Tuesday, 19 June 2012

Comparing a paperback and hardback

I'm going to compare the paperback and hardback editions of The Fairy Godmother by Mercedes Lackey.

Besides the obvious size difference, the covers are virtually identical. One minor difference is the formatting of the "A tale of the Five Hundred Kingdoms" tagline. Also, "five" is not capitalised for the paperback version.

Other general cover comments:

  • The author is clearly the most important piece of information on the cover.
  • The decorative typeface chosen for the author's name and the book title conveys the whimsical, romantic tone of this book.
  • To make it clear that this book is targeted at woman, there's a very feminine woman in the foreground with pink flowers in her hair (this does not happen at any point in the actual book).
  • Just to make it extra clear that this book is targeted at women, there's also some random pink sparkles. These also serve the dual purpose of conveying that this is a fantasy novel.
  • Just in case you still hadn't realised that this book is targeted at women, the author's name is foil stamped in metallic gold - a convention often used for romance books.
The paperback version lacks a half-title page, but the title pages for both editions are the same.

One major difference between the two editions is the paper quality. The paperback edition uses lower quality paper, which means the ink has bled slightly, giving the pages darker 'colour'. This is particularly obvious in the photos below.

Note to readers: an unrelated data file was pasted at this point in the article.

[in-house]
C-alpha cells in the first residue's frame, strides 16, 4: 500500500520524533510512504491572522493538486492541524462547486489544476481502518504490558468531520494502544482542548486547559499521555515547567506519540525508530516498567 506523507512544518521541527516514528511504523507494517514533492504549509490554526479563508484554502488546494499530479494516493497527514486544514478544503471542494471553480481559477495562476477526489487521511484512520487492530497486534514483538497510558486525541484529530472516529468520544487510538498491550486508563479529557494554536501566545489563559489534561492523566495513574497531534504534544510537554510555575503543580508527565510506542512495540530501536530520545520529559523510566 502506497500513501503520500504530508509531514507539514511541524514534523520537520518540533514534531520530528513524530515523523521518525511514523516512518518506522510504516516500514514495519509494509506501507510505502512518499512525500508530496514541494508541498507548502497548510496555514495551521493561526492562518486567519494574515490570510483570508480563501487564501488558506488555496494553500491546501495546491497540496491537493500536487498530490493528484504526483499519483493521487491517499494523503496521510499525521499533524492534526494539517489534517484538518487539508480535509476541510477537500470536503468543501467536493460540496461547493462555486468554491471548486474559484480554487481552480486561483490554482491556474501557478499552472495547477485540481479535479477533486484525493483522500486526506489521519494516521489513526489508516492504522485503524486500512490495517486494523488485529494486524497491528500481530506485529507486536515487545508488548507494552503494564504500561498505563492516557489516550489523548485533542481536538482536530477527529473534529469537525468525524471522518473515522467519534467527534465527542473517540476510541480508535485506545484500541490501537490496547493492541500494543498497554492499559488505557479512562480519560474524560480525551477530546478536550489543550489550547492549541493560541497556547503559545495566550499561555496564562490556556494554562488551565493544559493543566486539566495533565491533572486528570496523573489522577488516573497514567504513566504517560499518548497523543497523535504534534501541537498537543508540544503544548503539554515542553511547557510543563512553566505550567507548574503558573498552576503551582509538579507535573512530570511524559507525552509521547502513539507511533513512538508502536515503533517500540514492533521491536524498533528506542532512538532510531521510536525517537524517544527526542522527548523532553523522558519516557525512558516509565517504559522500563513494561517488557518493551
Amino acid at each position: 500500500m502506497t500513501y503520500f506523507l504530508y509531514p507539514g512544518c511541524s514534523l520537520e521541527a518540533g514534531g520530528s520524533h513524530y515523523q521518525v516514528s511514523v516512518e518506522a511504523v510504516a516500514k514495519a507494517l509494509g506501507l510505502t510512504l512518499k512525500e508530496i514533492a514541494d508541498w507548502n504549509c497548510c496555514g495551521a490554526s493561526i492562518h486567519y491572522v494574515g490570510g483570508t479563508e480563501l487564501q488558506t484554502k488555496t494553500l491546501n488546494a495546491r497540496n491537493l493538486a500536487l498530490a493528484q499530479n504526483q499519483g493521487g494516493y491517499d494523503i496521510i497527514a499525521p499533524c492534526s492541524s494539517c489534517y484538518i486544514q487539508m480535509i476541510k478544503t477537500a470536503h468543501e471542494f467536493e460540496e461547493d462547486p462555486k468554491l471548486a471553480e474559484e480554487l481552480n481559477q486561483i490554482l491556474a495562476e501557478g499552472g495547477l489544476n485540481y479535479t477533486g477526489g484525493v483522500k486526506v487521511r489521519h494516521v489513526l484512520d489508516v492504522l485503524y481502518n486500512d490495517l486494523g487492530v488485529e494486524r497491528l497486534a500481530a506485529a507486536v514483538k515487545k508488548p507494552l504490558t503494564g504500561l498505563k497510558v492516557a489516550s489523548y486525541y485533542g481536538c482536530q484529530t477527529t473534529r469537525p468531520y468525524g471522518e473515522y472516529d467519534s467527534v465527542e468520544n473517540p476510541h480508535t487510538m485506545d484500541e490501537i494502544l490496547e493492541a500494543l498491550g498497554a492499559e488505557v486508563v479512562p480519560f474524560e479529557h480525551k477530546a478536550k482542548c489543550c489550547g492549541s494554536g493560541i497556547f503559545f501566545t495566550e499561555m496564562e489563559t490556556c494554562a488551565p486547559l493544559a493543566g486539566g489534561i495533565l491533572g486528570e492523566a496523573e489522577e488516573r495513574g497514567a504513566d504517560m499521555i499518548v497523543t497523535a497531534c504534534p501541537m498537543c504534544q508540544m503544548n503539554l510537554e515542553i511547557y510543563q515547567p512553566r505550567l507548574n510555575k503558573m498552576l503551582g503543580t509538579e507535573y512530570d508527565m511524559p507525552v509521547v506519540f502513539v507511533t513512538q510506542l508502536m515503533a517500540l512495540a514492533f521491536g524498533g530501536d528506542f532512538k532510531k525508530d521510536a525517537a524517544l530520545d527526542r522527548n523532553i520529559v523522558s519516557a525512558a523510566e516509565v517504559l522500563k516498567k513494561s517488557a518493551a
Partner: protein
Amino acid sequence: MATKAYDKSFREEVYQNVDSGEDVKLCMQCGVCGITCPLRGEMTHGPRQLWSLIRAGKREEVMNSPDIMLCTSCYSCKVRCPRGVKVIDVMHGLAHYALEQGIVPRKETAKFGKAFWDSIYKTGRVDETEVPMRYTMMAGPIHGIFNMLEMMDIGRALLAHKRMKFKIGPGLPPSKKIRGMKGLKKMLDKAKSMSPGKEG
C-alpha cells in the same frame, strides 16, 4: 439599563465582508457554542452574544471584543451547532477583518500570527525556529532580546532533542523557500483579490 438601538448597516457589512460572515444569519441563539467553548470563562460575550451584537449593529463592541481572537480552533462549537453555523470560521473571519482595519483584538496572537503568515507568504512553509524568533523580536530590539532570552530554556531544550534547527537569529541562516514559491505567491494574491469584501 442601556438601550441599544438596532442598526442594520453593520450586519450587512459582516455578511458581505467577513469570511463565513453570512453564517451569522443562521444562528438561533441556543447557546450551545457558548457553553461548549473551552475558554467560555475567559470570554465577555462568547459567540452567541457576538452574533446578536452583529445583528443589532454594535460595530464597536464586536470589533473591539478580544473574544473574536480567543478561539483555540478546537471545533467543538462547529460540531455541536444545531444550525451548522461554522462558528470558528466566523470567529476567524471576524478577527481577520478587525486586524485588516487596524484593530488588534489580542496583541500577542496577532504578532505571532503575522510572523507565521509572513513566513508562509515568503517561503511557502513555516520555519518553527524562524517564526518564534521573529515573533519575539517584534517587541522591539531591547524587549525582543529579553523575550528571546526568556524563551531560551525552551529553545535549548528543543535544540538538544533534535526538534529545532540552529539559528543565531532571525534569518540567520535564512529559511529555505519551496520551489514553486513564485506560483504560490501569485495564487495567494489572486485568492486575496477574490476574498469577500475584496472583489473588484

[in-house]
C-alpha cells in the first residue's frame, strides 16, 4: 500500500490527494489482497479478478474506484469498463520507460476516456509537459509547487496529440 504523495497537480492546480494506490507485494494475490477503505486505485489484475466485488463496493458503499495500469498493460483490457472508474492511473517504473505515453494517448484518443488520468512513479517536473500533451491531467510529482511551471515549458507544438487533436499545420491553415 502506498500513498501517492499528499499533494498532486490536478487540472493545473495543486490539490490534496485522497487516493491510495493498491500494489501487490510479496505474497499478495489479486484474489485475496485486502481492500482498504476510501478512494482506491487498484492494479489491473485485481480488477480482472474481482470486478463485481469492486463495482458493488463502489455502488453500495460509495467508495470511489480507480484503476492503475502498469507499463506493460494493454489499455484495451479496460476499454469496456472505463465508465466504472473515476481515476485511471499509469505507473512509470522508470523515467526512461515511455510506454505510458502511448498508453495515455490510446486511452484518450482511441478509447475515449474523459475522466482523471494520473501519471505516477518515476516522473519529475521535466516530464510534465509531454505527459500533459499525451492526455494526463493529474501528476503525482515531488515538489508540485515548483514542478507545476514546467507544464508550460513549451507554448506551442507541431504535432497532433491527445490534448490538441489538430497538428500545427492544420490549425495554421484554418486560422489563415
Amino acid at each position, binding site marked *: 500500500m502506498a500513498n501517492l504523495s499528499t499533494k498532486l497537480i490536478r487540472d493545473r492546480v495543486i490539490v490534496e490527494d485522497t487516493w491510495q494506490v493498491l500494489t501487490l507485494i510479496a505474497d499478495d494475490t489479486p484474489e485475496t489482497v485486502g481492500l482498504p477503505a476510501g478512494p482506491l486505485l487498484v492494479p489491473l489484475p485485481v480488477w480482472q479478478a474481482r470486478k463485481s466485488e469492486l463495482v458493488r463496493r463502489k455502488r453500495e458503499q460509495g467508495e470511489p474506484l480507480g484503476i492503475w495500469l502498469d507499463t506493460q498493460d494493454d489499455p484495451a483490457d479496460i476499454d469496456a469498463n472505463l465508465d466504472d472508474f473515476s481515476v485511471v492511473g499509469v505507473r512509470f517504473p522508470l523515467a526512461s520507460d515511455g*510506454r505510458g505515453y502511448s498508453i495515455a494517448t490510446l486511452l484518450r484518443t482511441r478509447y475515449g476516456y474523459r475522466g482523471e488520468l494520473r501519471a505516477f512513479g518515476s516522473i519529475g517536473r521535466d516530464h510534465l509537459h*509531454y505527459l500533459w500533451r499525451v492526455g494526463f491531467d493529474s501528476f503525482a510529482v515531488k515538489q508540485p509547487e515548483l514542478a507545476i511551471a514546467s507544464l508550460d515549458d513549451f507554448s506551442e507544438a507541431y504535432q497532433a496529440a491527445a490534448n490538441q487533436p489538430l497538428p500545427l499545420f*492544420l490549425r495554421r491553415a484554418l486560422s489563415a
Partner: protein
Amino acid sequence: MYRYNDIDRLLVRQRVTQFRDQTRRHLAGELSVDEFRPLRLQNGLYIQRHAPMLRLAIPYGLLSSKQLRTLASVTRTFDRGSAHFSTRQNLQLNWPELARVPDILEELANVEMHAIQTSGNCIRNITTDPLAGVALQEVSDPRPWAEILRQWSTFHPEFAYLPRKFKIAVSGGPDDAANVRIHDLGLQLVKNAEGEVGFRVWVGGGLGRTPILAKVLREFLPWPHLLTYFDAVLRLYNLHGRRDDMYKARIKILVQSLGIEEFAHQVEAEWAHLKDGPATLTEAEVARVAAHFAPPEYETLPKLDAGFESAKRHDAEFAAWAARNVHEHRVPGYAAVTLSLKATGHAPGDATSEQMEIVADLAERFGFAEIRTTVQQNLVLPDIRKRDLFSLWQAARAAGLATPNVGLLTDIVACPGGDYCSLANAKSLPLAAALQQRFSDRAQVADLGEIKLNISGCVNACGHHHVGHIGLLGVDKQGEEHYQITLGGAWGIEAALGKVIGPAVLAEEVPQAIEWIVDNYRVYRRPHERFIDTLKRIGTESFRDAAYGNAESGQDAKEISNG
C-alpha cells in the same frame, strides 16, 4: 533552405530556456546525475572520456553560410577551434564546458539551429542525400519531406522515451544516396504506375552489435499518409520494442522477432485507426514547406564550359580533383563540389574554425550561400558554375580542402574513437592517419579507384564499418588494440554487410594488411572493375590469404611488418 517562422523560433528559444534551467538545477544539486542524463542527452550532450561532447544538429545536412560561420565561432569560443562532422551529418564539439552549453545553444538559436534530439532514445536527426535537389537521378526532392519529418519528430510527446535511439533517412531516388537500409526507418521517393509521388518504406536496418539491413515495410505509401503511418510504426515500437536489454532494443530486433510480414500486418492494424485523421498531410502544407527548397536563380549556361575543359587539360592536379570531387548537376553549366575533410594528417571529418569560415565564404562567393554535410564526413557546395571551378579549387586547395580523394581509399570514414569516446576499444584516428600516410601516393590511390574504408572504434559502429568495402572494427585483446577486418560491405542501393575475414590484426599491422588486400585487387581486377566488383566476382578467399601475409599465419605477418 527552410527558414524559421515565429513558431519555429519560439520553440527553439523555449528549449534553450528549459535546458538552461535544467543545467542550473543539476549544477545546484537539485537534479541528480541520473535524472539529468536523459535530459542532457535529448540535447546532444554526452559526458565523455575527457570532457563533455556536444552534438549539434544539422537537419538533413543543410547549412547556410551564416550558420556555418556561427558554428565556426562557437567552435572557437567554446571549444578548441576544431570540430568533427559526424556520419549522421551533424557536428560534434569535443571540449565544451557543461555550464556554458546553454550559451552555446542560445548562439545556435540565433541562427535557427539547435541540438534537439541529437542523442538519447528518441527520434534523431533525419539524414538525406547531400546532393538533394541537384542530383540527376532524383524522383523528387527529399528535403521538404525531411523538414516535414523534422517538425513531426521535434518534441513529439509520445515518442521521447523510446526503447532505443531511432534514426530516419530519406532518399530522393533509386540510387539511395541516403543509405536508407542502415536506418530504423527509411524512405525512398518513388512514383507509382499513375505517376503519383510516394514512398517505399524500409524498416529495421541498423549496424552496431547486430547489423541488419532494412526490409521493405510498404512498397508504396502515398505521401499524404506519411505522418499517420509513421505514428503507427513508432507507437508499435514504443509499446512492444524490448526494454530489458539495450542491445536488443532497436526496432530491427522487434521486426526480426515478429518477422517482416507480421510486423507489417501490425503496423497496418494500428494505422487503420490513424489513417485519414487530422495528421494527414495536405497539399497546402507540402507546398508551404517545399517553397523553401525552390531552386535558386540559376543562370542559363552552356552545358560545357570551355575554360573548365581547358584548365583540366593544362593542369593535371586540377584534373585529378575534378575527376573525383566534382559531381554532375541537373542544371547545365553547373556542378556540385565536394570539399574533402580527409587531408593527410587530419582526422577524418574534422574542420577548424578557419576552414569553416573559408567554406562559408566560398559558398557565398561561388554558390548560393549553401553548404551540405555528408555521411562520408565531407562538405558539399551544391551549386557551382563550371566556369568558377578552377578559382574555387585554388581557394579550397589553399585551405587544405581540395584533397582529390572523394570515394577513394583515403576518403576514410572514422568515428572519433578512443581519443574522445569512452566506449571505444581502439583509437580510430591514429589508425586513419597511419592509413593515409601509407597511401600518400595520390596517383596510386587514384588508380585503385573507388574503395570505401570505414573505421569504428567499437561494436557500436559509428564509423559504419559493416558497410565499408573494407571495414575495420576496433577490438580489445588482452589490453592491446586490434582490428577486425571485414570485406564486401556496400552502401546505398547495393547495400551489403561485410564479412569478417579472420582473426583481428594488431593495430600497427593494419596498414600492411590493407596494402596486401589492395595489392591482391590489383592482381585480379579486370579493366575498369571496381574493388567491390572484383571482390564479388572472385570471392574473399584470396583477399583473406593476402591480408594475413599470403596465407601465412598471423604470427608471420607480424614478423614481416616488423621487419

As you can see, the detail on the dropcap is not visible in the paperback edition. The main text also looks much cleaner and is easier to read in the hardback edition, even though the same typeface is used. This typeface is midway between a serif and sans serif typeface, with very small serifs.

One interesting layout choice for the chapter pages is that the image is proportionately larger in the paperback edition. Possibly this is to balance out the smaller page margins of the paperback.
Both editions have quite a lot of show-through; this is particularly evident on the page before the illustrated chapter heading:

Another interesting layout feature of the hardback edition is that the largest margin is the top margin. The hardback has very large margins in general, but normally the bottom margin would be the largest.

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